Table of Contents

HK J Paediatr (New Series)
Vol 16. No. 2, 2011

HK J Paediatr (New Series) 2011;16:95-100

Original Article

The Clinical Features of Chinese Children with von Willebrand Disease: The Experience of a Tertiary Institute

ZQ Zhang, GCF Chan, CCK Lam, JCC So, DKL Cheuk, AKS Chiang, SY Ha


The information related to the clinical spectrum of von Willebrand disease (VWD) in Chinese patients remains very limited. We conducted a retrospective chart review on the clinical and haematological features of VWD among Chinese patients at a tertiary paediatric centre in Hong Kong. Ten patients (6 females, 4 males) were diagnosed to have VWD from 1989 to 2005. They underwent treatment in our unit, with a cumulative follow up of 102 patient-years within this 16-year period. Among them, 4 were type 1, 5 were type 2 and 1 was type 3 VWD. Six of the 10 patients had a positive family history of bleeding tendencies. A variety of bleeding manifestations were observed in these patients while mucocutaneous bleeds in the form of frequent epistaxis and easy bruising were the commonest presenting features. Severe bleeding in the form of intracranial haemorrhage occurred in 2 patients. Eight patients underwent desmopressin (DDAVP) test at diagnosis and all were responsive to DDAVP without associated thrombocytopenia. Three patients required frequent DDAVP (intravenous or subcutaneous) and 2 required occasional intermediate purity factor VIII concentrate for bleeding control. In conclusion, majority of Chinese paediatric VWD patients are inherited and acquired form is extremely rare in childhood. Patients with either type 1 or 2 VWD can develop severe bleeding in childhood. In our patient cohort, DDAVP appears to be effective and safe for our patients with either type 1 VWD or non-2B type 2 VWD without inducing thrombocytopenia.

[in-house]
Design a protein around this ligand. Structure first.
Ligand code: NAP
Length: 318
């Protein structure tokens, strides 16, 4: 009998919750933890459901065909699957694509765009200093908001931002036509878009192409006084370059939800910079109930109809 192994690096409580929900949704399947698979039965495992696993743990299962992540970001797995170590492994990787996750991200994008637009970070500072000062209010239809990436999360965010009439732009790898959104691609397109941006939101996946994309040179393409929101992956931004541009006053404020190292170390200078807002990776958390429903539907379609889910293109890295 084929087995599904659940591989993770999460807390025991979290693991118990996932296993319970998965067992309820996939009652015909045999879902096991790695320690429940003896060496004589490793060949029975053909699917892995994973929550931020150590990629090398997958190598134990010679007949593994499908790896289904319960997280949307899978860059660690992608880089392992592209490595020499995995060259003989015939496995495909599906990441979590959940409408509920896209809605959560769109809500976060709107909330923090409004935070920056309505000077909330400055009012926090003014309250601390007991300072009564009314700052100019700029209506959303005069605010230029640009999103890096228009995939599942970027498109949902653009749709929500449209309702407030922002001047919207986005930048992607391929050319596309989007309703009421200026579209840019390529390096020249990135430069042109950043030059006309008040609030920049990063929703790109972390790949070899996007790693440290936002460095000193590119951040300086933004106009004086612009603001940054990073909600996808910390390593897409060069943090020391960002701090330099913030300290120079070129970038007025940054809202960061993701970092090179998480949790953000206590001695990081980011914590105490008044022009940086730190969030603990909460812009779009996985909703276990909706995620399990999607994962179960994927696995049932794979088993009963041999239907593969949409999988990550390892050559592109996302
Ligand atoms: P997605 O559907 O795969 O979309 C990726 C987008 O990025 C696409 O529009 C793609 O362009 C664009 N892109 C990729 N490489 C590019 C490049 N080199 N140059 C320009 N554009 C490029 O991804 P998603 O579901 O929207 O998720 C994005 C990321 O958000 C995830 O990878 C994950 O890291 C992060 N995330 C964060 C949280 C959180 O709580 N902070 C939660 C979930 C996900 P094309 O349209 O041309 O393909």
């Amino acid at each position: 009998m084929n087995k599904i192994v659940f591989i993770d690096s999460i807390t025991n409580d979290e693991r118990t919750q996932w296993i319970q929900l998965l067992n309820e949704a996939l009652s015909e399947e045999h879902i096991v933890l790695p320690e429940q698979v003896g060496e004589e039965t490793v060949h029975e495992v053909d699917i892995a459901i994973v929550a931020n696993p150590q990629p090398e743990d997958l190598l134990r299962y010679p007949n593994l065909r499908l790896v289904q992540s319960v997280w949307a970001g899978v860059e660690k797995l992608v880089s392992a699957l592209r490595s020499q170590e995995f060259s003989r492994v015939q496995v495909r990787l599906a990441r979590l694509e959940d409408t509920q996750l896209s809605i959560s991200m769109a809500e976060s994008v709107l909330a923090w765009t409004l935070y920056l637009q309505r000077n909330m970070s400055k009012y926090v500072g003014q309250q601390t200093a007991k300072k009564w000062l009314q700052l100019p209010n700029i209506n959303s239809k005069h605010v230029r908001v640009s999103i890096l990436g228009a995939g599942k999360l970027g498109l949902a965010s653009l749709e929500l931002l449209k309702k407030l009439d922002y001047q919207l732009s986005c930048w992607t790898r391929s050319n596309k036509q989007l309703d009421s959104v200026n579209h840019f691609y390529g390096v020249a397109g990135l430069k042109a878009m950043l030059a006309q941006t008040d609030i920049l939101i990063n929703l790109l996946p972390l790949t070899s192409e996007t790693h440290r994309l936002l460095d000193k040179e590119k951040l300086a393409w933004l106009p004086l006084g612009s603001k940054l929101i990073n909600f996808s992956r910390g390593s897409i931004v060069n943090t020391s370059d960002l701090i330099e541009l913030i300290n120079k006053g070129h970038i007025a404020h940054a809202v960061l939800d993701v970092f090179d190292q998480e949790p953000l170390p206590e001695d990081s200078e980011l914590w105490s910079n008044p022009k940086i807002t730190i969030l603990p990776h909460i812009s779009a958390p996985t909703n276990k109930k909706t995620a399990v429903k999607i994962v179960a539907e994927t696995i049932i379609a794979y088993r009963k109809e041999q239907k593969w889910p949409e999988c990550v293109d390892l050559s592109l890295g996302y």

Keyword : Chinese children; Epidemiology; von Willebrand disease

Abstract in Chinese


This web site is sponsored by Johnson & Johnson (HK) Ltd.
©2022 Hong Kong Journal of Paediatrics. All rights reserved. Developed and maintained by Medcom Ltd.